Memory loss requires careful diagnosis, scientists say

Memory loss requires careful diagnosis, scientists say

A lengthy Justice Department report on President Biden’s handling of classified documents contained some startling assessments of his mental health and well-being.

Mr. Biden, 81, was an “elderly man with poor memory” and “diminished faculties” who “couldn’t remember when he was vice president,” said special counsel Robert K. Hur.

In recorded conversations in 2017, Mr. Biden was “often painfully slow” and “struggling to recall events and sometimes struggling to read and relay his notes in a notebook.” Mr. Biden was so impaired that a jury was unlikely to convict him, Mr. Hur said.

Republicans jumped in quickly, some calling the president unfit for office and asking for his departure.

But while the report disparaged Mr. Biden’s mental health, medical experts on Friday noted that his judgments were not based on science and that his methods bore no resemblance to what doctors use to assess possible cognitive impairment.

In its simplest form, the issue is one that doctors and family members have grappled with for decades: How do you know when an episode of confusion or a memory lapse is part of a serious decline?

The answer: “You don’t,” said David Loewenstein, director of the center for cognitive neuroscience and aging at the University of Miami Miller School of Medicine.

Diagnosis requires a series of sophisticated and objective tests that investigate several areas: different types of memory, language, executive function, problem solving and spatial attention skills.

The tests, he said, determine whether a medical condition is present and, if so, its nature and extent. Verbal obstacles are not evidence, said Dr. Loewenstein and other experts.

“Forgetting an event doesn’t necessarily mean there’s a problem,” said Dr. John Morris, a professor of neurology at Washington University in St.

Mr Hur, the special counsel, based his conclusions on a five-hour interview conducted over two days – two days after Hamas’ surprise attack on Israel – and a review of interviews with a ghost writer recorded in 2017 .

But to scientifically identify a memory problem requires doctors to assess the change in a person’s cognitive function over time and determine that its magnitude is sufficient to reduce the patient’s ability to perform ordinary activities, said Dr. Morris.

The best way to determine whether such a change has occurred is to compare results from a memory test today with results from a test taken five or 10 years ago, he added. If this does not happen, doctors may interview someone who knows the patient well – usually a close family member – to find out if there has been a fall.

Memory is only one aspect of cognition, noted Dr. Mary Ganguli, a professor of psychiatry, neurology and epidemiology at the University of Pittsburgh.

To make an accurate diagnosis, a geriatric psychiatrist may ask how long the patient has had problems with the ability to plan and organize, or express themselves. If the person forgets, what does he forget and when?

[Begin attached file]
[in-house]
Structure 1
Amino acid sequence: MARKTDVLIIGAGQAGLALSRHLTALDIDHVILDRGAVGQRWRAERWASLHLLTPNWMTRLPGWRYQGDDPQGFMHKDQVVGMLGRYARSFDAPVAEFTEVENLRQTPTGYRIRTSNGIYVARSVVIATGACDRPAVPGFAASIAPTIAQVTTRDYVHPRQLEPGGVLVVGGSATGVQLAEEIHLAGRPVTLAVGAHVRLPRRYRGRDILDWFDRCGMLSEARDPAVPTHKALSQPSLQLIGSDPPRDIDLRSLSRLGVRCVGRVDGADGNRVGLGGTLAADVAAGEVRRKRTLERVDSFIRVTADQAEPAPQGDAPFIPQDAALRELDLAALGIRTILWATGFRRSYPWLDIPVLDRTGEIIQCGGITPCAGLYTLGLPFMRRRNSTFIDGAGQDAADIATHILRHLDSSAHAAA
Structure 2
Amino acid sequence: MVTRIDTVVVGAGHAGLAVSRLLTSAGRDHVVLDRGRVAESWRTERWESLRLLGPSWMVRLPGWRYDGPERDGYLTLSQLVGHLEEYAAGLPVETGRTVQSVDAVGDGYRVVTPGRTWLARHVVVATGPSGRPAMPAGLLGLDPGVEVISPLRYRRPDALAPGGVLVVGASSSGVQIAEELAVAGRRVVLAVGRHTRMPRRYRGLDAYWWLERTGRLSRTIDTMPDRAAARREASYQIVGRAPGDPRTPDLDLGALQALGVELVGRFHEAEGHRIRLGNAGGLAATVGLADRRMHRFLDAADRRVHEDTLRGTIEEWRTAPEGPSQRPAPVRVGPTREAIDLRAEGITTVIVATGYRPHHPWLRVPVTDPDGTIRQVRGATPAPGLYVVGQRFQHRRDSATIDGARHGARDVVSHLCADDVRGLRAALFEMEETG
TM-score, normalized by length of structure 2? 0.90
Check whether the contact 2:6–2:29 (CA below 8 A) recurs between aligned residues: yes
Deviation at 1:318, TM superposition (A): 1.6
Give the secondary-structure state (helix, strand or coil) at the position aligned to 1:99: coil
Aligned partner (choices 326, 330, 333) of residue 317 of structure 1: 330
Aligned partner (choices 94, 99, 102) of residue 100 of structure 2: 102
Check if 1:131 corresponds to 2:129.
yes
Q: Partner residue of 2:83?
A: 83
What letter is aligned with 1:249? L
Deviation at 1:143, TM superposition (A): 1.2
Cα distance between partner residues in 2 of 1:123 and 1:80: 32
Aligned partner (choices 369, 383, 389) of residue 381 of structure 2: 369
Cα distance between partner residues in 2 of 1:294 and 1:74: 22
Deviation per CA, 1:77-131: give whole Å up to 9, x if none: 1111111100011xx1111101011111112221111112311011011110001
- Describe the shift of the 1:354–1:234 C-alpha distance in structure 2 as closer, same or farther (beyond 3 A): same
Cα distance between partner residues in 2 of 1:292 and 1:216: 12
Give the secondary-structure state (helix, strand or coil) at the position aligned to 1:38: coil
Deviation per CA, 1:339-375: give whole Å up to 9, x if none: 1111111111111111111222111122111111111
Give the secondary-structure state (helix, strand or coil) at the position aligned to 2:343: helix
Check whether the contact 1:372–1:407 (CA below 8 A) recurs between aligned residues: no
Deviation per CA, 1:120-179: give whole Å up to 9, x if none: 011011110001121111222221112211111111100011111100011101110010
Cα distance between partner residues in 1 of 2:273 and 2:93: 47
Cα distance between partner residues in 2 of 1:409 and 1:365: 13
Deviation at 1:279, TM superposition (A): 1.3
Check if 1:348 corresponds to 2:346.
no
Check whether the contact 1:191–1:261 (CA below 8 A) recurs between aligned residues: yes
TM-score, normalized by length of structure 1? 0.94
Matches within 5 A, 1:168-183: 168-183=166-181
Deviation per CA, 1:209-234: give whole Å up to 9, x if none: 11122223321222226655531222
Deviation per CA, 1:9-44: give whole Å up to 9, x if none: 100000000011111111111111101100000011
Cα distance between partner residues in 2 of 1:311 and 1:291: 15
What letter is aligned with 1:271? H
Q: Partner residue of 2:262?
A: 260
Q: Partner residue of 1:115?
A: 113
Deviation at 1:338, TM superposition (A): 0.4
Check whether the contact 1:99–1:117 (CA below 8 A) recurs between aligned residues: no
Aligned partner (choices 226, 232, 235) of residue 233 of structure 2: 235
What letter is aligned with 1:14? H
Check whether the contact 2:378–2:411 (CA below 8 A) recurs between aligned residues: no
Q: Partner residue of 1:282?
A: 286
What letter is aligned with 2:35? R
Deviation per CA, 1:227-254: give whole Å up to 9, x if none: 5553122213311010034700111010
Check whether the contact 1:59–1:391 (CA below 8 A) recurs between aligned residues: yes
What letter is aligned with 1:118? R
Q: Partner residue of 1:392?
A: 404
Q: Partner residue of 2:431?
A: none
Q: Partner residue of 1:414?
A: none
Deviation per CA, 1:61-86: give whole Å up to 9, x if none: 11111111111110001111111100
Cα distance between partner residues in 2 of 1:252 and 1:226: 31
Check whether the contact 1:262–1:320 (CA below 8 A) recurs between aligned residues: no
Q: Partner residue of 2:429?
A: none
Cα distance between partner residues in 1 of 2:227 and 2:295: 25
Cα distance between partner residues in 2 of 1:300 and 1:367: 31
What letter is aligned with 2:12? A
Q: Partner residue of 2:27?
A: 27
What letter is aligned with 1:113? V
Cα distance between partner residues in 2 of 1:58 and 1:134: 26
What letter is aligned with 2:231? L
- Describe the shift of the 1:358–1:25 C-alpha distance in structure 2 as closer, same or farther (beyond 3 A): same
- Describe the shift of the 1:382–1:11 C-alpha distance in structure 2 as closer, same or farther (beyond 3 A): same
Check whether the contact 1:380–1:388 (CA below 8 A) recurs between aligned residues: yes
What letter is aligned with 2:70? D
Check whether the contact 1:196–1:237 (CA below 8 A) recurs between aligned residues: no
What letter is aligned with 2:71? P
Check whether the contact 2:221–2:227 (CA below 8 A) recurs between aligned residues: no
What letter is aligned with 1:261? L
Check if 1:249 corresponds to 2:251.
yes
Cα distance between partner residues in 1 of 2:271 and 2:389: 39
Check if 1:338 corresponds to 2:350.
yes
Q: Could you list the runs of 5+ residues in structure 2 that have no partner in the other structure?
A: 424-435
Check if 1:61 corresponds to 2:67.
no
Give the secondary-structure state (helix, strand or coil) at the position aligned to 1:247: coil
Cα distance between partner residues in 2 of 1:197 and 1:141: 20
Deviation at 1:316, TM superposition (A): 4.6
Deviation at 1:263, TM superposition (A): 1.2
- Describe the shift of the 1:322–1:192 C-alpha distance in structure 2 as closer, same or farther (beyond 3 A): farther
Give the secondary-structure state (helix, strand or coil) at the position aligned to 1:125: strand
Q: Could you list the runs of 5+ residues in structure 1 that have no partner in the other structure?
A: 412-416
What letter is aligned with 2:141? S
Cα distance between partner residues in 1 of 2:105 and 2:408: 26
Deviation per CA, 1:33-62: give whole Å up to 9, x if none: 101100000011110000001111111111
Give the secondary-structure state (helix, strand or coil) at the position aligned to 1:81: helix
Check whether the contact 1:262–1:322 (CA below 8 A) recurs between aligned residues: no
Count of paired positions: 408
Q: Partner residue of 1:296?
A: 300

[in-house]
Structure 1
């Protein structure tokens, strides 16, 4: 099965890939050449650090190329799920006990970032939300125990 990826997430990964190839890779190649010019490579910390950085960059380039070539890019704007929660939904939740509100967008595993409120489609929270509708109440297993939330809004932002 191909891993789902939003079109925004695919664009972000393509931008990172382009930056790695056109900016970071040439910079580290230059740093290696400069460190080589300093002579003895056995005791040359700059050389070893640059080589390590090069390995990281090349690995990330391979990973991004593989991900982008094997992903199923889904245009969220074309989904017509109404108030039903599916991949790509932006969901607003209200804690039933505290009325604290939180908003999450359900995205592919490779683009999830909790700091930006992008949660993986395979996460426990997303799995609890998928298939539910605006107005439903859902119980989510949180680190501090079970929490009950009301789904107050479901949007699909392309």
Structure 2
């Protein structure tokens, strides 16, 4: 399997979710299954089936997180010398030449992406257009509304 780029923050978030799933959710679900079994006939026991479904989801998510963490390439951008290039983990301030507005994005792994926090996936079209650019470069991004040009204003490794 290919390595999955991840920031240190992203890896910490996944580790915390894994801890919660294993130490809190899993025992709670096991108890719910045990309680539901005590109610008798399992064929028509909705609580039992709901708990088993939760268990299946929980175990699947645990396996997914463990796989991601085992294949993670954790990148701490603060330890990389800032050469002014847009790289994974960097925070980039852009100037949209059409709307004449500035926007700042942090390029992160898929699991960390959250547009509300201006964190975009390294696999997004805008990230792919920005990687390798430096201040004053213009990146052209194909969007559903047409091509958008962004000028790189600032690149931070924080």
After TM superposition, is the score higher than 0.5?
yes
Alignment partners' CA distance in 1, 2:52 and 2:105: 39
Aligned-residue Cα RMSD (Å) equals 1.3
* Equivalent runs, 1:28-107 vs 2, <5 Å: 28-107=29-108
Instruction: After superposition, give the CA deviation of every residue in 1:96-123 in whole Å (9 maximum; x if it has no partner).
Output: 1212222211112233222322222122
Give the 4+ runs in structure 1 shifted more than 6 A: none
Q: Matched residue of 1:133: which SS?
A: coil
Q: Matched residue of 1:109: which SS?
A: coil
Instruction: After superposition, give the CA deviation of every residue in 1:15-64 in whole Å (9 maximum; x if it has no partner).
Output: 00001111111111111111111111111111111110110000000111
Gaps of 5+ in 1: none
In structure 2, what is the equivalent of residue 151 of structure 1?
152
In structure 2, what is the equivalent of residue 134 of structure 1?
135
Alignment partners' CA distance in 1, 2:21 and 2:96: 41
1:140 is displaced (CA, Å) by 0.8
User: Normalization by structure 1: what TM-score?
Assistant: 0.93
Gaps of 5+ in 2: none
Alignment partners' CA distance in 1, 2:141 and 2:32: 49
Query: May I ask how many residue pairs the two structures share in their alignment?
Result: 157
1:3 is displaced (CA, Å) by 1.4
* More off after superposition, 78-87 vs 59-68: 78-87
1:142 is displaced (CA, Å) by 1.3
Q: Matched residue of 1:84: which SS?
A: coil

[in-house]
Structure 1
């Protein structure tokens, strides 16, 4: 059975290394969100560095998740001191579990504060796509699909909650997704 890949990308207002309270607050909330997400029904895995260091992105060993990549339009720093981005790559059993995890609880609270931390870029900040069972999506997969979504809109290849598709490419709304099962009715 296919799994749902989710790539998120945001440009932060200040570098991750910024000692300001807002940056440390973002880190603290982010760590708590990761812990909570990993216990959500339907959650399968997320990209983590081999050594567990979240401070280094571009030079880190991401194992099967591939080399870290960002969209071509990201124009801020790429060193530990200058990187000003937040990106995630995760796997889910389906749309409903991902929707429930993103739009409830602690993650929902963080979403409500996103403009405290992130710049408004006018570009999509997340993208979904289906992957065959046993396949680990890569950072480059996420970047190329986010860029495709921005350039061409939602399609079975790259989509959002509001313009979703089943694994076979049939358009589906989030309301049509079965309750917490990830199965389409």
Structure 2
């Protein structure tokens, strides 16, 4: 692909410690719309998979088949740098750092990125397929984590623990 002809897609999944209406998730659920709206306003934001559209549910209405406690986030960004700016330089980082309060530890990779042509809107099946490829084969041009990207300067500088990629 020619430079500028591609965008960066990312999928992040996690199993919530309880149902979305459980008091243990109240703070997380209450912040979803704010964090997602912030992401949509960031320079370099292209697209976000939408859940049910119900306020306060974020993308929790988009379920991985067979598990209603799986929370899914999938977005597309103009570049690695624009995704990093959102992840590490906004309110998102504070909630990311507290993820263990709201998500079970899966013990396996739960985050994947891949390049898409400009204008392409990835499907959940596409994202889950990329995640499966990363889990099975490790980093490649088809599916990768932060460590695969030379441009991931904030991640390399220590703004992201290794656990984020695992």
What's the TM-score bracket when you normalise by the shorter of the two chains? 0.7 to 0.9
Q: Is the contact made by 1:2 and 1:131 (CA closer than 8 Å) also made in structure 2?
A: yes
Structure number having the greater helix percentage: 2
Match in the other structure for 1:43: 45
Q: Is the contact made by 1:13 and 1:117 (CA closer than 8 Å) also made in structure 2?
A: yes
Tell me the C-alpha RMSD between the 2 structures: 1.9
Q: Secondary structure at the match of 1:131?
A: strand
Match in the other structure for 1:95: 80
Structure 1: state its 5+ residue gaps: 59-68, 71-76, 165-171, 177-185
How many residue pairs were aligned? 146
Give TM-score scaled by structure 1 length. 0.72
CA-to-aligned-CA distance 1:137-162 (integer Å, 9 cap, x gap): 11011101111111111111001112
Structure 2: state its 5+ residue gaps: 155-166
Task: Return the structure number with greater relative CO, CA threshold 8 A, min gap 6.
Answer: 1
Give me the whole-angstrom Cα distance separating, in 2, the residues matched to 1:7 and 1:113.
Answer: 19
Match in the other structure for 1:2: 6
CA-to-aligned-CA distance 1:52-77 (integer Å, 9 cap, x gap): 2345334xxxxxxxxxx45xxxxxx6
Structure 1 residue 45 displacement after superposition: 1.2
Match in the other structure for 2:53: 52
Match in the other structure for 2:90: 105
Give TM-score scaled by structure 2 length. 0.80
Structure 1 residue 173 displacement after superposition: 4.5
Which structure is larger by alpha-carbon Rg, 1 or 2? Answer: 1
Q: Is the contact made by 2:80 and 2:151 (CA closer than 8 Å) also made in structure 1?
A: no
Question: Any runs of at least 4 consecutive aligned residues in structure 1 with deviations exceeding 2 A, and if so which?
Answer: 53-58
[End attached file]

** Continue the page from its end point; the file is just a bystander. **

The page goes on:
“We want to know what specific losses are observed, not just ‘memory,'” said Dr. Ganguly. “Was it a one-time thing when the person was tired or sick, or is it happening constantly and increasing in frequency?”

It is important to rule out other possible causes that could affect cognitive function, such as a stroke or head injury, or even the use of certain common medications, added Dr. Ganguly.

For example, a frequent culprit in memory lapses is diphenhydramine (sold as Benadryl and other brand names). People who take it chronically to fall asleep often become forgetful as a result. (Patients often tell her they take Tylenol at night, she said, but Tylenol PM actually contains diphenhydramine.)

Dementia has a distinctive pattern of memory loss that should not be confused with routine forgetfulness, added Dr. Ganguly. A person with dementia usually forgets recent events, such as what they had for breakfast, but remembers things from the distant past, such as a wedding day.

A detailed exam can take an hour, said Dr. Ganguli, and may also include interviews with family members. A family doctor can do a more abbreviated assessment, including quick memory tests like the Mini Mental State Examination or the Montreal Cognitive Assessment, known as the MCA.

In those tests, patients are asked the date and time and the location of the doctor’s office. They may be asked to draw a clock showing a specific time. They are told some words and, after a while, they are asked to repeat them.

To assess cognitive status, Dr. Loewenstein often administers a much longer, more probing series of objective tests. It’s a basic tenet of the field to never diagnose a patient you haven’t seen in a medical setting, he said.

Dr. Loewenstein said he was outraged by experts “who would have the audacity to make diagnoses saying, ‘Oh, this person went to the refrigerator and forgot why,’ or ‘Oh, they replaced someone’s name with another name when they had a other name”. things in their mind.”

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